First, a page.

Functional Genetics of the Oxidative Phosphorylation System (GENOXPHOS)

Our research activity has focused on the study of mammalian mitochondrial electron transport chain (MtETC) and H+ -ATP synthase, which constitute the oxidative phosphorylation system (OxPhos). For more than 25 years, our research work has provided a scientific contribution of the utmost relevance in the following specific areas:

  • Functional consequences of the genetic variability of the mtDNA, with the most outstanding work being the demonstrate in human and mouse that the population variability of mtDNA conditions the metabolism of the organism, its response to drugs, predisposition to diseases, to healthy aging, and help explain the borderline pathology and functional variability for mtDNA alterations. Together, these contributions highlight the role of mitochondrial ROS in the adaptation of the OxPhos system to the metabolic requirements of the cell.
  • Development of new structural organization models of the electronic mitochondrial transport. Based on the observations and methodology developed by Dr. Schägger, the works of GENOXPHOS group revolutionize the understanding of the structure and function of the mitochondrial respiratory chain, giving rise to the proposal of the "Plasticity Model" to explain the dynamic organization of the mitochondrial electron transport chain. On the one hand, this model, and the work from which it is derived, explain the functional value of associations of respiratory complexes in superstructures, describes the first protein factor genuinely required for the physical interaction between complexes. Demonstrates the dynamic organization of the respiratory chain to optimize the use of different carbon sources and provides the experimental test of the proposed plasticity model. This research allowed to connect mitochondrial dynamics with bioenergetic function. Likewise, in the context of the plasticity model, it has been possible to explain the determinant role of the structural isoforms of the IV complex of the mitochondrial electron transport chain in its homodimerization capacity and in its capacity to interact with other complexes.
  • The role of OxPhos in metabolic adaptation with key advance in the understanding of the processes by which cells optimize and molecularly regulate their metabolic capacity, inducing structural changes in the electronic transport chain. All at once, these adaptations are especially relevant in cardiovascular pathology and the immune system.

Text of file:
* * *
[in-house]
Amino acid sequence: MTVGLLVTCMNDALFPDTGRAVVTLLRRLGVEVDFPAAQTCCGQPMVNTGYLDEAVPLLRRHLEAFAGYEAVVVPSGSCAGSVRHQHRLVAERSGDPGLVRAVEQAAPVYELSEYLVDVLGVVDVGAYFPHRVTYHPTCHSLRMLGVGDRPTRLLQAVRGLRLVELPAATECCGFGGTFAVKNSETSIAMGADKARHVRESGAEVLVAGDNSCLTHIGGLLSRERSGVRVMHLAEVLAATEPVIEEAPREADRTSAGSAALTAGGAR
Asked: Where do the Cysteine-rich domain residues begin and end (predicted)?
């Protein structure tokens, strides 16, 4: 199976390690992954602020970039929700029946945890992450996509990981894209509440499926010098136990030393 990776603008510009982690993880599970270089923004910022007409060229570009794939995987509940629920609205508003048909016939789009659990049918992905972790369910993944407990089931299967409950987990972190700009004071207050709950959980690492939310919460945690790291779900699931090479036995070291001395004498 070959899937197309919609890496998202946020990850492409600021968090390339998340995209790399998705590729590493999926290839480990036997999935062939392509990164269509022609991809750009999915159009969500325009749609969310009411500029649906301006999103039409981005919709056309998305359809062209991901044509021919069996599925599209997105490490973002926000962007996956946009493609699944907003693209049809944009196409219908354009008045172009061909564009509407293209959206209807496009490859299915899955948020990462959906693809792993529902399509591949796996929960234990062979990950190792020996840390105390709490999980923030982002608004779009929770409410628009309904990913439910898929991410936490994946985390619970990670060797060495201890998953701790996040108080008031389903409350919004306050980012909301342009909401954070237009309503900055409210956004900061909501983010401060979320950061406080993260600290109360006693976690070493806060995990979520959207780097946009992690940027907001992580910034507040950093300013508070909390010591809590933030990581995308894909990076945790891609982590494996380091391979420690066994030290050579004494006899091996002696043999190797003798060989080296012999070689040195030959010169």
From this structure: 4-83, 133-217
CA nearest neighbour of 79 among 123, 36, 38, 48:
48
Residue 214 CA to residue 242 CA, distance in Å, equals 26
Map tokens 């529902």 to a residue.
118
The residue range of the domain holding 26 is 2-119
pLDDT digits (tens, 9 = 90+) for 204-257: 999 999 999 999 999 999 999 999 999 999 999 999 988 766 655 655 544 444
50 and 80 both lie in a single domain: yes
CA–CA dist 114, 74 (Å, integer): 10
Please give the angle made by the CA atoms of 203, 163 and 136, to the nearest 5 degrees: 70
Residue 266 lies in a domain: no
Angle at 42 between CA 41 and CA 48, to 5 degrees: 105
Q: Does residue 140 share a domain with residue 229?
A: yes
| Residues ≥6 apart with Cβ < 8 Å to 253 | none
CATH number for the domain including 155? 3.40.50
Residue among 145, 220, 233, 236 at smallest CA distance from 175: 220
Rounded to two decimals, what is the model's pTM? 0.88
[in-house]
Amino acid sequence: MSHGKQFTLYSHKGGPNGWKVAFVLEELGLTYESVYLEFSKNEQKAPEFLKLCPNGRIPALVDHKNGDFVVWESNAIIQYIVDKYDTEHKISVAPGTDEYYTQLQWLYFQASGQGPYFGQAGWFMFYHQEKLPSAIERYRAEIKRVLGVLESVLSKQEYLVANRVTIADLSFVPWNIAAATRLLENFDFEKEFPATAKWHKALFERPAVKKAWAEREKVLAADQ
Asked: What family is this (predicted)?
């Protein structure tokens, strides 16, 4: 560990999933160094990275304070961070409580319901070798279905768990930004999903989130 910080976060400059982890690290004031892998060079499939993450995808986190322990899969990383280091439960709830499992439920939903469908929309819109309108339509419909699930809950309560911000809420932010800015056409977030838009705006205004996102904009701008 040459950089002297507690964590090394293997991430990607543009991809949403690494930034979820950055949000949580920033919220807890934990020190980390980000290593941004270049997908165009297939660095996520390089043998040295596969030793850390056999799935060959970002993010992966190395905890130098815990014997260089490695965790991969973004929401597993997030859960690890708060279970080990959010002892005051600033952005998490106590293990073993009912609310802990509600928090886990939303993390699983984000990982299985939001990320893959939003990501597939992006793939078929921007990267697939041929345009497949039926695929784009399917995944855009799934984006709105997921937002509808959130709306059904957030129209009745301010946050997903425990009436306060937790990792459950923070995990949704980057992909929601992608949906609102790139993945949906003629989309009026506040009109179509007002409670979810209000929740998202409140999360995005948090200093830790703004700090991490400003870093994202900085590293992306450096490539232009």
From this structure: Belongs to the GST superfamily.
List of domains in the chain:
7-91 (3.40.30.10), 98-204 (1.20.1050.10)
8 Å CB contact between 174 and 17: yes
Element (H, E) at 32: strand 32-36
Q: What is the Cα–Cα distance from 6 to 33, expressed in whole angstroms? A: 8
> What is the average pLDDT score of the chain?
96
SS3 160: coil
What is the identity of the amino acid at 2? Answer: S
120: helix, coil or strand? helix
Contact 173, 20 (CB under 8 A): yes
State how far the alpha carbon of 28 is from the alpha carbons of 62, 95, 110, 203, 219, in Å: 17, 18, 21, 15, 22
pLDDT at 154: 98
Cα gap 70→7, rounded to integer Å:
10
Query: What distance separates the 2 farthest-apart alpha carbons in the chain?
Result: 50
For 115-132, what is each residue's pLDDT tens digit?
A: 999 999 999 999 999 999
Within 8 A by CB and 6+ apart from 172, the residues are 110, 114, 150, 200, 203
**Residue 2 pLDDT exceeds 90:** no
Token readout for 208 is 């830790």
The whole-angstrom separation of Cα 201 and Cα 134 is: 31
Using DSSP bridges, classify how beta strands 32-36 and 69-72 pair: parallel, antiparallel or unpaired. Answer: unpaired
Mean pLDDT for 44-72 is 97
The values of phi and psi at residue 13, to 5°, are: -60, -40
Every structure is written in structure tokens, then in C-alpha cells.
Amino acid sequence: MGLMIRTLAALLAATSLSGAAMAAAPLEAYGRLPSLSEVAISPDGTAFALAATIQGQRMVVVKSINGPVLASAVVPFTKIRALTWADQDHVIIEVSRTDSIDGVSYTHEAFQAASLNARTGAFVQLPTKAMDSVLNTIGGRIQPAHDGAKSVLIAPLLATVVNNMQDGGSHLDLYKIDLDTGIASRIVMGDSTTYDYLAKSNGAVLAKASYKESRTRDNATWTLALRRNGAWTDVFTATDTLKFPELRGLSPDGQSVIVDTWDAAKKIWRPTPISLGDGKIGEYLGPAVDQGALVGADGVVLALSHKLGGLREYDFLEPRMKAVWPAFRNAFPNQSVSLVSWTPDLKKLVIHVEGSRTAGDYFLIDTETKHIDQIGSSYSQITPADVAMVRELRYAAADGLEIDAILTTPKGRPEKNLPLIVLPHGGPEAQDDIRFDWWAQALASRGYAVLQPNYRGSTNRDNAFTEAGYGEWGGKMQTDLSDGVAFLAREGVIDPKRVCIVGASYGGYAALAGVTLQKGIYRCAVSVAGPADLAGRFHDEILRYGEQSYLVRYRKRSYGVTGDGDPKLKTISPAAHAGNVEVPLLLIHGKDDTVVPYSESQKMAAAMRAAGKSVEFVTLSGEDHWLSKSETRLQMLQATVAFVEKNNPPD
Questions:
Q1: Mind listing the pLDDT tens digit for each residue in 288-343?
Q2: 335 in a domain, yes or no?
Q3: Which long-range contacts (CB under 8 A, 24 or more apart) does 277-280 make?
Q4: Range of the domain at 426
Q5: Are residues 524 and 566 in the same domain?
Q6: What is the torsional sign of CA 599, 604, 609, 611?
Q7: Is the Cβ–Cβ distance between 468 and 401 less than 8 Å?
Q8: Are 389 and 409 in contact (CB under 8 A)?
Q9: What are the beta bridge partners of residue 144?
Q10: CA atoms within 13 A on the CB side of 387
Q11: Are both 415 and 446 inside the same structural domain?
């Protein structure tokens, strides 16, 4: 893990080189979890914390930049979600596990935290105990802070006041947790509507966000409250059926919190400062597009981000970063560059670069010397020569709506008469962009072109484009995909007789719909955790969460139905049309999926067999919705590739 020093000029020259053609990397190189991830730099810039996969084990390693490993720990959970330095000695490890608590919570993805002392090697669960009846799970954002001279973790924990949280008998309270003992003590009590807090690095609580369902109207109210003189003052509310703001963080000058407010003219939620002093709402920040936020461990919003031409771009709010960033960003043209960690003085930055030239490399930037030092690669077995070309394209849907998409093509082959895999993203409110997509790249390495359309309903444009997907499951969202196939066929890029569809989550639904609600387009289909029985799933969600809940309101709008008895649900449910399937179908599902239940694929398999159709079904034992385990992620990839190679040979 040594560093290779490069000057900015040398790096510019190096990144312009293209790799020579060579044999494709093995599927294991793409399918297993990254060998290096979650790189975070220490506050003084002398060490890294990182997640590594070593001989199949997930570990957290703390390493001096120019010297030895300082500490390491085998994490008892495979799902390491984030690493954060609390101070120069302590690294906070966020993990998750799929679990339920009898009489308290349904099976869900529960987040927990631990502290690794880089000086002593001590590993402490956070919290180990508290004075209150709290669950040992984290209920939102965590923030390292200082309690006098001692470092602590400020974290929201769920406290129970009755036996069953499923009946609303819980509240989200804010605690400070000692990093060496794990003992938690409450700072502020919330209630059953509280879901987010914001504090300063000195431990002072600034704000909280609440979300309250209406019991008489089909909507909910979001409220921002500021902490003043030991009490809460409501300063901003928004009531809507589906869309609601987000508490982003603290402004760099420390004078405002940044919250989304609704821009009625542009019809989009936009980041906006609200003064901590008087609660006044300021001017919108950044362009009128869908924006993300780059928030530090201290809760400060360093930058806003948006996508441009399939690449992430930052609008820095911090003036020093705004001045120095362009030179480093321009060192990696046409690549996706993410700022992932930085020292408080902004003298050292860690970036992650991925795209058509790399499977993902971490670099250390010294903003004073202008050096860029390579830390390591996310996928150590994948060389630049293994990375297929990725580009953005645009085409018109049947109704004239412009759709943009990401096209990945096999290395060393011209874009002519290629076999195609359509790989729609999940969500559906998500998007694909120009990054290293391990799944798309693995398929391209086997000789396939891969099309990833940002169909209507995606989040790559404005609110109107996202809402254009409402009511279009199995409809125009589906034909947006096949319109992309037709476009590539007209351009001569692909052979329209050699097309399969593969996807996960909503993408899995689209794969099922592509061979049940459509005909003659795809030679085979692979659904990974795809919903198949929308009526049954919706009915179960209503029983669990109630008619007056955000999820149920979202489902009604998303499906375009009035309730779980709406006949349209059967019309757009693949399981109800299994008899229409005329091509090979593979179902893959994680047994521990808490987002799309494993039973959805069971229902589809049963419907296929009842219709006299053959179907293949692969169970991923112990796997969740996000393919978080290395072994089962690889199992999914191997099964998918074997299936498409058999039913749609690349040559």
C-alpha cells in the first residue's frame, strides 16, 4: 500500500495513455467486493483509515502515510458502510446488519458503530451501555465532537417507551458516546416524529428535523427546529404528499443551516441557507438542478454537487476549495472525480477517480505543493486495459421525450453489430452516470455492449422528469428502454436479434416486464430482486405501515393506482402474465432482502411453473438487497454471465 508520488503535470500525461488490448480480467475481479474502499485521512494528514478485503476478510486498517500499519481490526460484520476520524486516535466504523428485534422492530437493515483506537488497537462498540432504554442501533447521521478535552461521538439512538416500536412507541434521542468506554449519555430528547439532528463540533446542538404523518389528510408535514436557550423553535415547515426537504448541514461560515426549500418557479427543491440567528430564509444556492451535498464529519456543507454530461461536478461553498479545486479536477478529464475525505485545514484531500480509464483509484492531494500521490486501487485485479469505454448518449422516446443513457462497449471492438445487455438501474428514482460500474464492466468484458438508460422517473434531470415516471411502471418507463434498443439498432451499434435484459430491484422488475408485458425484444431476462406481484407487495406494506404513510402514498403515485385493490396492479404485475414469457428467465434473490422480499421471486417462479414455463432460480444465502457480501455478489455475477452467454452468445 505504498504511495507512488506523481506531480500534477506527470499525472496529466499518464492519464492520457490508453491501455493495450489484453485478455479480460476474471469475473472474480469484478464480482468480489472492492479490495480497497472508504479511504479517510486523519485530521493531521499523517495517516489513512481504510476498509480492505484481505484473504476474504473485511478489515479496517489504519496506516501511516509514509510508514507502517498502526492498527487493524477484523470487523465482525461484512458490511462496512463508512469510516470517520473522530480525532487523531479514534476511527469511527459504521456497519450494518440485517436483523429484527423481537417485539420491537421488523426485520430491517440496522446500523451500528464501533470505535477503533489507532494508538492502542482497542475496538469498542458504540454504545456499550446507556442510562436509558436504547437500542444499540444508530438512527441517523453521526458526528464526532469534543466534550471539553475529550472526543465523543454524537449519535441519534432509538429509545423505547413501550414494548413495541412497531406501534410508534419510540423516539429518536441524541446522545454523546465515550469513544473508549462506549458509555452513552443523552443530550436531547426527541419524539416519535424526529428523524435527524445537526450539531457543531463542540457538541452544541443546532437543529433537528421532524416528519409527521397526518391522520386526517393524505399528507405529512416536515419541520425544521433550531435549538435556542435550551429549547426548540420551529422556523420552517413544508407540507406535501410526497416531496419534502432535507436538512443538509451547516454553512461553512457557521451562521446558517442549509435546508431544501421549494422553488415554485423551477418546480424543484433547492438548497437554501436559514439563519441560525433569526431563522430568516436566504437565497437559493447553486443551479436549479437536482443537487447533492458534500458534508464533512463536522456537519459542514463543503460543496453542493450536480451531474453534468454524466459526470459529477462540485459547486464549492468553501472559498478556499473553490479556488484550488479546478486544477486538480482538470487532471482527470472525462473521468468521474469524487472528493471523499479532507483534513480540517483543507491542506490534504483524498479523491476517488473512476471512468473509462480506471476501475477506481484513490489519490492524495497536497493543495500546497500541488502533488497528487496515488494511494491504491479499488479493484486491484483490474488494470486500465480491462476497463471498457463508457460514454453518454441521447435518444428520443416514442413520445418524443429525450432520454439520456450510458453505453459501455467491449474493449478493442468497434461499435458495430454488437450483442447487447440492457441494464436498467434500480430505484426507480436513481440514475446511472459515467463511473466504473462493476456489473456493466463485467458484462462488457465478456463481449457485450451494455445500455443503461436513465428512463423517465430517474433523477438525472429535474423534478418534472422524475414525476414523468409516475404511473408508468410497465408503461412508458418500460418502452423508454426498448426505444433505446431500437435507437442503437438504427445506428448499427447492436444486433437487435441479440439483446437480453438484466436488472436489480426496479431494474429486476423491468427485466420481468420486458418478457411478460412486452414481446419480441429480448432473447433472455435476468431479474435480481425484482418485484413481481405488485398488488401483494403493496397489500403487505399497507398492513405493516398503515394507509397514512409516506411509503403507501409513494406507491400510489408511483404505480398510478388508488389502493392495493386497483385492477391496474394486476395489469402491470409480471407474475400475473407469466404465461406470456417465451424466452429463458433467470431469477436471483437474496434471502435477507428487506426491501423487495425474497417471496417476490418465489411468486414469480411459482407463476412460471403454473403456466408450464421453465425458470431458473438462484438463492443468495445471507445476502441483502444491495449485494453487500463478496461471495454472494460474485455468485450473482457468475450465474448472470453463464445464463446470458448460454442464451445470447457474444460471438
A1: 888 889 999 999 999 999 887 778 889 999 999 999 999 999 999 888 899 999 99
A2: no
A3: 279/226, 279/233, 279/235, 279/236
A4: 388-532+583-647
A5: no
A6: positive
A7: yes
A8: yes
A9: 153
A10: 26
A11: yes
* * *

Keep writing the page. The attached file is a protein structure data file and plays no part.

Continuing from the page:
The success of Dr. Enríquez's work has consolidated him as an international benchmark in his field. This is illustrated by his active participation in the organization of major conferences in mitochondrial research and pathology (i.e. President of the EUROMIT VIII. 8th European Meeting on Mitochondrial Pathology. Celebrated in Zaragoza (SPAIN) 20-23 June 2011). In addition, Dr. Enriquez is involved actively in the education and mentoring of the new generation of researcher in the field as member of the European ITN (Initial Training Network): Mitochondrial European Educational Training – MEET, and the mentoring of 15 PhD and more than 20 postdoctoral scientists. Finally, Dr. Enriquez is regularly invited speaker in the most prestigious meetings and institutions including Gordon Conferences, A. EBEC, Keystone symposia, FASEB meetings, FEBS meetings, Cold Spring Harbor etc.

Currently, we are particularly interested in the role of the mitochondria in the development and homeostasis of the cardiovascular system and in enhancing its resilience and regenerative potential upon injury. Thus, we aim to understand the relevance of mitochondria and the OXPHOS system in the pathophysiology of the heart, including ischemia-reperfusion, heart failure and its electric activity. We also investigate the relevance of mitochondria on inflammation, obesity, and vascular physiopathology. Finally, we are investigating the contribution of the mitochondrial genetics, and its role as organismal integrator of the metabolism, in allowing healthy aging and their impact.